Concern about the future of the farm
We are often asked to help generations of the same farming family to deal with the succession of the farm – including the land itself and the business associated with it. We have recently acted for a married couple who required assistance with planning for the future of their family farm.
In this particular case, the couple asked us to act for them in connection with the preparation of their Wills incorporating life interest trusts in respect of the main family home. Our clients had very definite plans for the house and how they wanted it shared.
Preparation of Life Interest Trust Wills.
Peace of mind for clients knowing that farm will remain intact and be passed to the child who has always worked it.
How this helped
The couple advised us that they would like to structure the distribution of their estates so that on the first death, half of their main home passed to their daughter with the condition that the survivor could live there for the rest of his or her life.
This meant that least this half of the property was ear-marked for their daughter in the first instance, and would prevent the survivor from giving this half to someone else, either during his or her lifetime, or in his or her Will.
It would also prevent the whole of the value of the property from being taken into account, should the survivor require means tested residential care during his or her later years.
This is called a life interest trust or an interest in possession trust. It is a flexible vehicle, allowing the survivor to sell the property and, for example, downsize, but the capital from their respective half shares would be preserved for their daughter.
In addition to this, the new Wills provided that the clients’ respective interests in the farm would pass to their son on death, ensuring that it was able to remain in the family and that their son did not lose his livelihood.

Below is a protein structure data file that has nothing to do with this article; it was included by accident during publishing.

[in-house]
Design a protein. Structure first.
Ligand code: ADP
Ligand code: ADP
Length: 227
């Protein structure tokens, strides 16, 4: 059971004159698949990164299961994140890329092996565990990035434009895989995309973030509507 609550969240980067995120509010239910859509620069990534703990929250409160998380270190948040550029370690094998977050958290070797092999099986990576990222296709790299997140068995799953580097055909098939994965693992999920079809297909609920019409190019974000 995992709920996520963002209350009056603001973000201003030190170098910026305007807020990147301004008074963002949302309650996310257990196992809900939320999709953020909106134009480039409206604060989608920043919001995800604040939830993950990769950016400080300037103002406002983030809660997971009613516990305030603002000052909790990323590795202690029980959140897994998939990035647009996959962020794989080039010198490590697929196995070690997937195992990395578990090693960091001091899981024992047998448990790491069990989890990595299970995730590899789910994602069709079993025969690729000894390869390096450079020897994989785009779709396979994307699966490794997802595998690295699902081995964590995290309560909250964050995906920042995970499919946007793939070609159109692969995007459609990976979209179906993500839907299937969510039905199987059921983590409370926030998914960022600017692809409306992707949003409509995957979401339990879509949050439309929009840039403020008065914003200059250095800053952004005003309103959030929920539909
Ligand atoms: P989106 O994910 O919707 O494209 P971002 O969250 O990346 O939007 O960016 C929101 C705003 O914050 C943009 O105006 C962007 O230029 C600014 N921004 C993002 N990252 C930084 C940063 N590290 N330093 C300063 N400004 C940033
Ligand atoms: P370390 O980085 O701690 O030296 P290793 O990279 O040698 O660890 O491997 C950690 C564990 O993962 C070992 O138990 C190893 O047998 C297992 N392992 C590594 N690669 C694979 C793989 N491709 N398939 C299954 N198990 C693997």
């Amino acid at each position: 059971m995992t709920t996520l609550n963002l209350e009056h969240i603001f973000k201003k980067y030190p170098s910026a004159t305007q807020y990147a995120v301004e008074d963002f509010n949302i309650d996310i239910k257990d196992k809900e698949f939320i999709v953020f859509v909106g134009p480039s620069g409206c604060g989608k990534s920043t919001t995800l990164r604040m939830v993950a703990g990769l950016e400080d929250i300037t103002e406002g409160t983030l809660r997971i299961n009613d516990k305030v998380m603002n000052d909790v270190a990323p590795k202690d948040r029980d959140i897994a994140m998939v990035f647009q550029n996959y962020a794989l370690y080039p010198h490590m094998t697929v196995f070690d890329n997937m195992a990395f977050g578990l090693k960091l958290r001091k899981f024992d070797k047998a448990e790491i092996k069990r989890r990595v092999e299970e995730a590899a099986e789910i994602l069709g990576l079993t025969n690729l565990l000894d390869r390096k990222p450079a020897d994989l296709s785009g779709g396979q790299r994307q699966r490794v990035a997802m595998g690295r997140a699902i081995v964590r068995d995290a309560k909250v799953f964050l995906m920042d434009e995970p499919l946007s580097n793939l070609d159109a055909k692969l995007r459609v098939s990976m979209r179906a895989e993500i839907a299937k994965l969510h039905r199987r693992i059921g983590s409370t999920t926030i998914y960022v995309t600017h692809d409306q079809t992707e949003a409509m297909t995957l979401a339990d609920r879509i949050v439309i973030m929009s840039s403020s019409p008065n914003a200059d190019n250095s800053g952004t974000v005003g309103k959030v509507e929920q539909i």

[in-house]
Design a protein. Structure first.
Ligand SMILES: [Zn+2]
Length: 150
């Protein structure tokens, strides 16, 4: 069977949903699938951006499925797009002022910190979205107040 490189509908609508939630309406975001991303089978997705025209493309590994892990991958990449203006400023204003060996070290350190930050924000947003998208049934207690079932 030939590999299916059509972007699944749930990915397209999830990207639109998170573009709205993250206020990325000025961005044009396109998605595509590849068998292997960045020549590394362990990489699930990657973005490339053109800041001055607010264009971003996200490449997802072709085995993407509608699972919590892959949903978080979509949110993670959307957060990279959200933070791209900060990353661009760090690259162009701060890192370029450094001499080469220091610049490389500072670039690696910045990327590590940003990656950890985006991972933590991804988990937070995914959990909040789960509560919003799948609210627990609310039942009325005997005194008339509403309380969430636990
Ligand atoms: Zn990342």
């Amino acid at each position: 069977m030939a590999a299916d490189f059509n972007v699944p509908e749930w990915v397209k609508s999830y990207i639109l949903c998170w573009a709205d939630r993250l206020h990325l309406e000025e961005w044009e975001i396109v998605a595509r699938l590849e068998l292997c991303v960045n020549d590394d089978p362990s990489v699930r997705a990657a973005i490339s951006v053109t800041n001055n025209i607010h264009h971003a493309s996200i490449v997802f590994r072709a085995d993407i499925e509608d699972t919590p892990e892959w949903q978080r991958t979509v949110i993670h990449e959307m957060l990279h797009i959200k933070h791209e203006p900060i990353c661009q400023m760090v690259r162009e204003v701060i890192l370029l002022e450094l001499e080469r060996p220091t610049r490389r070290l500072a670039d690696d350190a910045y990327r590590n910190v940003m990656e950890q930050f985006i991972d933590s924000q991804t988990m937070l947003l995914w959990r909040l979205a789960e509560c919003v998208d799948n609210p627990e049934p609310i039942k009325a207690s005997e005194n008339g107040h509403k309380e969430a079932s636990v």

Following this, on the first death, the residue of their estates (e.g. cash in the bank, investments etc.) would pass outright to the survivor. It would then be up to the survivor as to how the residue of the estate on the second death would be distributed.
As part of dealing with the life interest in one of the properties, we needed to check how the house was held – i.e. joint tenants or tenants in common (these are the two types of joint ownership of property in the UK).
One of the key aspects of the work we undertook for our clients was to ensure that their house was held as tenants in common so that they were each free to dispose of their half shares in their Will.
Otherwise, the house would pass outright to the surviving joint owner on death regardless of what the Will said. This is called ‘severing the tenancy’ and is an application to HM Land Registry. Life Interest Trusts are not only for farming or other large estates – they can be used on any property that you wish to ensure is left to your chosen beneficiaries.
It means that whilst you can’t guarantee what your co-owner will do with their share, you can at least ensure that your share of the property is safely in the hands of your chosen person or people.
If you need advice in relation to planning for the future or life interest trusts, then please do not hesitate to contact us and we will be happy to assist you.